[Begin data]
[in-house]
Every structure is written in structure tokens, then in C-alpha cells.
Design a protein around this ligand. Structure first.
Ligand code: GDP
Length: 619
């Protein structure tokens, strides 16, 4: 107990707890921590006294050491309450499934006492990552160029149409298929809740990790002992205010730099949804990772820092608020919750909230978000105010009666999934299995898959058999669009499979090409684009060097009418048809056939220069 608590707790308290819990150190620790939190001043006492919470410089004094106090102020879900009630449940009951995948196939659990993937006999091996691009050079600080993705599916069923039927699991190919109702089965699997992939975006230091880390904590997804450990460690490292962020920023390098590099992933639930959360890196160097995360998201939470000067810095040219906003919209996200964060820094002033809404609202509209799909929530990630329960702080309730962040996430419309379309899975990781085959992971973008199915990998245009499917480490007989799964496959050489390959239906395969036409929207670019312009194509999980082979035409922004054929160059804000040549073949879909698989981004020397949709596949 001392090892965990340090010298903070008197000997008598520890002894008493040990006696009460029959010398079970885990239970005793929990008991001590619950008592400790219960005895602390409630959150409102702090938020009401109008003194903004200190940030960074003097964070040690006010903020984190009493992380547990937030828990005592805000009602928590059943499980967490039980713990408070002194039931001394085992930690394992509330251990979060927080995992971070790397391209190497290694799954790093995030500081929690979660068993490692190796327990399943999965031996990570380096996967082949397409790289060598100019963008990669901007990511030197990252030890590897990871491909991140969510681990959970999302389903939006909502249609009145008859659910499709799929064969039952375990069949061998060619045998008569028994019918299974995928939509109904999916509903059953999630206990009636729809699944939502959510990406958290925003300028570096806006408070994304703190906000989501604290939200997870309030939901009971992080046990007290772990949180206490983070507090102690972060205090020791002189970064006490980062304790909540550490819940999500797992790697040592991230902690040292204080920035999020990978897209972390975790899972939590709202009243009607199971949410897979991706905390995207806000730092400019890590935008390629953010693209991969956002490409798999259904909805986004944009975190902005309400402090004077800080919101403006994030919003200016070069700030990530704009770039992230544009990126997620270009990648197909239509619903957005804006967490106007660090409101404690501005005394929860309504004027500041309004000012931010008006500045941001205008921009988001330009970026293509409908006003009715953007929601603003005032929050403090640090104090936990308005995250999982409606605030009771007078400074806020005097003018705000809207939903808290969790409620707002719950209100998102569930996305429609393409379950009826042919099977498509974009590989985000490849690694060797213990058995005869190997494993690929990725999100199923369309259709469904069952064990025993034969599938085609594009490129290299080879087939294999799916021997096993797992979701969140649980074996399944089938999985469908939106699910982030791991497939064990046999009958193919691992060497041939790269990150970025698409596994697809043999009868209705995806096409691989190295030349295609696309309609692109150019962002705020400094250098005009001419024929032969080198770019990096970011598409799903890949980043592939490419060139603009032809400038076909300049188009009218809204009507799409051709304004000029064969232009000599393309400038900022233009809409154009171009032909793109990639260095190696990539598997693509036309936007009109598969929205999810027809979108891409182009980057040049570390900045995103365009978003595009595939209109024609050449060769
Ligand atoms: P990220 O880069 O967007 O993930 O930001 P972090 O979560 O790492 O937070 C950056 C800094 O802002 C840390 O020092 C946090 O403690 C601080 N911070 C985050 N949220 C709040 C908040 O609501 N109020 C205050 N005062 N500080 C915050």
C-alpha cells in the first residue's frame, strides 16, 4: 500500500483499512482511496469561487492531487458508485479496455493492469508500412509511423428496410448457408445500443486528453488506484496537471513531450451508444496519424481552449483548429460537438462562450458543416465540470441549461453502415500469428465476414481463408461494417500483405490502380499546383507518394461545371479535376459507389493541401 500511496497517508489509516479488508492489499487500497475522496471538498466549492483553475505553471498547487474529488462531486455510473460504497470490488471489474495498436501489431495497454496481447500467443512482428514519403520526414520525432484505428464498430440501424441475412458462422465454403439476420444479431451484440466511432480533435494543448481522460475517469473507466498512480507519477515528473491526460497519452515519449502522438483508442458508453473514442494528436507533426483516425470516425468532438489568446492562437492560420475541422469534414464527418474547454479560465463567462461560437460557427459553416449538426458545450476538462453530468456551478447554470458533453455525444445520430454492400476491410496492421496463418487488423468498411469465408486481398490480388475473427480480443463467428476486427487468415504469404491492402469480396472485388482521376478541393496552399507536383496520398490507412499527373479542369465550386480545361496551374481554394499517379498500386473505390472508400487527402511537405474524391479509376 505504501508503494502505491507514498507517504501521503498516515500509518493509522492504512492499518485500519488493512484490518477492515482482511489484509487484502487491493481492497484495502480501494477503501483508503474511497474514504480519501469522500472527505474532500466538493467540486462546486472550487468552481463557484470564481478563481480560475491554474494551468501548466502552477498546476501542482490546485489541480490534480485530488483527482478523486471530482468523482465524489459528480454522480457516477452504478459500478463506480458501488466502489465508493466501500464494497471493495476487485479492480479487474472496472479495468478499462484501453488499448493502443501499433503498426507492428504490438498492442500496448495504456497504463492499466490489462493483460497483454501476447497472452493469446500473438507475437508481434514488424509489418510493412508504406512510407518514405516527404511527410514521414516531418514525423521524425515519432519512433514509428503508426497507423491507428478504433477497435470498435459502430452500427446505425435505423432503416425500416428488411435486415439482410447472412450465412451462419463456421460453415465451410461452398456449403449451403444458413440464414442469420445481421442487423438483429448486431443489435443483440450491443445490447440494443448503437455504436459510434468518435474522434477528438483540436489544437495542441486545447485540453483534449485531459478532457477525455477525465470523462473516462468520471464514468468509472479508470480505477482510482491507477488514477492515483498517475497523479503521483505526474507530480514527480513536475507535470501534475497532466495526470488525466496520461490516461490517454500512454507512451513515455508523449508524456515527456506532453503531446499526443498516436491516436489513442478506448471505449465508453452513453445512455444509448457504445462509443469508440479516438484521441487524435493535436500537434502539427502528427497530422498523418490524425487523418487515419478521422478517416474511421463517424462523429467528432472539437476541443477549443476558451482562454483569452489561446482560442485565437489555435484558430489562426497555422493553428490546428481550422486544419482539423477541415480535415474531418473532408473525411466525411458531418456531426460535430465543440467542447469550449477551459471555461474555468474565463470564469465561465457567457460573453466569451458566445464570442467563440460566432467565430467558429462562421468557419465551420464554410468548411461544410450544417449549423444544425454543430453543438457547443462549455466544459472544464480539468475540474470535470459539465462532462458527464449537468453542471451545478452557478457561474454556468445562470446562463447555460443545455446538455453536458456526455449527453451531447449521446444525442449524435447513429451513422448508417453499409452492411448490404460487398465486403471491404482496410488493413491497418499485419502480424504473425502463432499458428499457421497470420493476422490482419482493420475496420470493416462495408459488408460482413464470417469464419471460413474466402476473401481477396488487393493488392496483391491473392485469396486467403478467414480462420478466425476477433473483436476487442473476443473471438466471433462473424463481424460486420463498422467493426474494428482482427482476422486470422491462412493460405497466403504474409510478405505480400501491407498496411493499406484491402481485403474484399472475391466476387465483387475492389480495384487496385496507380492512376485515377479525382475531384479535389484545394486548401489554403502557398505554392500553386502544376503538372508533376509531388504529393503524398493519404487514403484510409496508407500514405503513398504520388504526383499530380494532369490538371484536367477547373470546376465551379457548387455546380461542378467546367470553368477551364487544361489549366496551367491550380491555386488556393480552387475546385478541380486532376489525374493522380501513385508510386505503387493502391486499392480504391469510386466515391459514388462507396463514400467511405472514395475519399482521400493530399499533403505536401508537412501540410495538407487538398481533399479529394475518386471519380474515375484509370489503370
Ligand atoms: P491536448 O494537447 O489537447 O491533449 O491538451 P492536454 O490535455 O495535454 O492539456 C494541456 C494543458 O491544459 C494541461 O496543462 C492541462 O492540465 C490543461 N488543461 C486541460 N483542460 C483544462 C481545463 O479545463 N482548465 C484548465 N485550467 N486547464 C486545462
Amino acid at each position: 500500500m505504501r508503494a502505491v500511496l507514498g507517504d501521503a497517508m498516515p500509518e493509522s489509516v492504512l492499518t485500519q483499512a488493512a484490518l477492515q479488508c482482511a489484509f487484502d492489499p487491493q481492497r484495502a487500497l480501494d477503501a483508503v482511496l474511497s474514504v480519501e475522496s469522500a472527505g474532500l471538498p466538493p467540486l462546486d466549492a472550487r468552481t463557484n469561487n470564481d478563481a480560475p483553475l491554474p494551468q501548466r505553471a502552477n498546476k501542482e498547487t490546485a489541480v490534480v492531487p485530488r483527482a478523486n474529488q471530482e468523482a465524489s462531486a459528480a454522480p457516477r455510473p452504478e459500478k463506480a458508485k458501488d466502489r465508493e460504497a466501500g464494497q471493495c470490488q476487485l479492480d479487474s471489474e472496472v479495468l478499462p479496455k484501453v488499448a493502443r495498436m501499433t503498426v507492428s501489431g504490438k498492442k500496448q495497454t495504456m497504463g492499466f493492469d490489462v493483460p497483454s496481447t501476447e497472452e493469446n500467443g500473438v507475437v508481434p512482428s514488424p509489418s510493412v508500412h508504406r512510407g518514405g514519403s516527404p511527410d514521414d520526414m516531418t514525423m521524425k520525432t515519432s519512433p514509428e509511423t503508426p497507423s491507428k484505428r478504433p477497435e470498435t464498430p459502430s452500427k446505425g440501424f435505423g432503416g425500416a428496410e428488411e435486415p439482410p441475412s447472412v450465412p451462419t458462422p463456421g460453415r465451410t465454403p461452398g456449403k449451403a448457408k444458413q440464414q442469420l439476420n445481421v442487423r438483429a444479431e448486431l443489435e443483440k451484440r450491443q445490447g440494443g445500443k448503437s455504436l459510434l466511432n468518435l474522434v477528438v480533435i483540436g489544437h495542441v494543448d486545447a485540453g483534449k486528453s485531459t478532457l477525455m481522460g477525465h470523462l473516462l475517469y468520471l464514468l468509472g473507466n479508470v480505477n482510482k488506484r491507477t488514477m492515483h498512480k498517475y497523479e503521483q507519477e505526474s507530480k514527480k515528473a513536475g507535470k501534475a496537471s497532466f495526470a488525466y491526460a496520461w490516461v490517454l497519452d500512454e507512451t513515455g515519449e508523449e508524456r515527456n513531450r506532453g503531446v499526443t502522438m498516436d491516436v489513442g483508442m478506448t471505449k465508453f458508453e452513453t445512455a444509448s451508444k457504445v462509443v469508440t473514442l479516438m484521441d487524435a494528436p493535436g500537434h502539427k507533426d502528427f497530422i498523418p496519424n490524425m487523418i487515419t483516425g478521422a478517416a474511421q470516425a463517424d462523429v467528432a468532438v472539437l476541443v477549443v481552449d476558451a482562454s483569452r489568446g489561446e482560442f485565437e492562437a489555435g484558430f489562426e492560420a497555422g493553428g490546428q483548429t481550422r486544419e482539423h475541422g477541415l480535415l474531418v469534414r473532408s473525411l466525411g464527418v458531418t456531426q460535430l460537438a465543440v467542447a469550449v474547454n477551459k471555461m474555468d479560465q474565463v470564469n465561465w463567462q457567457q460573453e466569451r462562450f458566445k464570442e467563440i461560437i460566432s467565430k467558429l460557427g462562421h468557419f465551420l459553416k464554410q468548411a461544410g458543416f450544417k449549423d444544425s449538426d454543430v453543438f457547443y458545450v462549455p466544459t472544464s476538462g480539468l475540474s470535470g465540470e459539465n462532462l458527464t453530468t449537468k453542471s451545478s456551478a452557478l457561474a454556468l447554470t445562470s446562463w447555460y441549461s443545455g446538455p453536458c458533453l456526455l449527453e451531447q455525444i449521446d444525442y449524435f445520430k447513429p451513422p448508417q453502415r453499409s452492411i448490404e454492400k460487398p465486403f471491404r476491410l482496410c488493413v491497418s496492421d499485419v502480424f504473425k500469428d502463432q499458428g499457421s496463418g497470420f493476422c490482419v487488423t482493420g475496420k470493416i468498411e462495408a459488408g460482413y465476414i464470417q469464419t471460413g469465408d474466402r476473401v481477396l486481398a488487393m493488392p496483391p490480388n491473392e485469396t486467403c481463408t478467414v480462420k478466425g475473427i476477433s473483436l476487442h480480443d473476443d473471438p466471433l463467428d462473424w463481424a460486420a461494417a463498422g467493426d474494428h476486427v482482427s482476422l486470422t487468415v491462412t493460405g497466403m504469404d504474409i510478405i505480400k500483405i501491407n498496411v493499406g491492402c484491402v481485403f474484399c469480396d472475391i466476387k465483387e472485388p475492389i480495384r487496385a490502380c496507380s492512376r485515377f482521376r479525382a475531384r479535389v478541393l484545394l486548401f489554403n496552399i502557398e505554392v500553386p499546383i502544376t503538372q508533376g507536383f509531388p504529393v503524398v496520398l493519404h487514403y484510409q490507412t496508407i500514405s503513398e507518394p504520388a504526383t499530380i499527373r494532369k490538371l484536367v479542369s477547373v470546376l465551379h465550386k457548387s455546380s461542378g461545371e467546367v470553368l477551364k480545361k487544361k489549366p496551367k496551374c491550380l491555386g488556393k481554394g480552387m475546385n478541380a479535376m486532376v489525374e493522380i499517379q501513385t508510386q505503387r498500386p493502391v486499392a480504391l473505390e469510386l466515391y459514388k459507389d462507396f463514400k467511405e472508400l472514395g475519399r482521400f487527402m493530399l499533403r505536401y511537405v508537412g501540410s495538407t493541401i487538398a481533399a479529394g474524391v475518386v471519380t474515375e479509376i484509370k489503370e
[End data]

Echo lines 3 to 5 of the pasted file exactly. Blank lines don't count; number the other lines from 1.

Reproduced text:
Design a protein around this ligand. Structure first.
Ligand code: GDP
Length: 619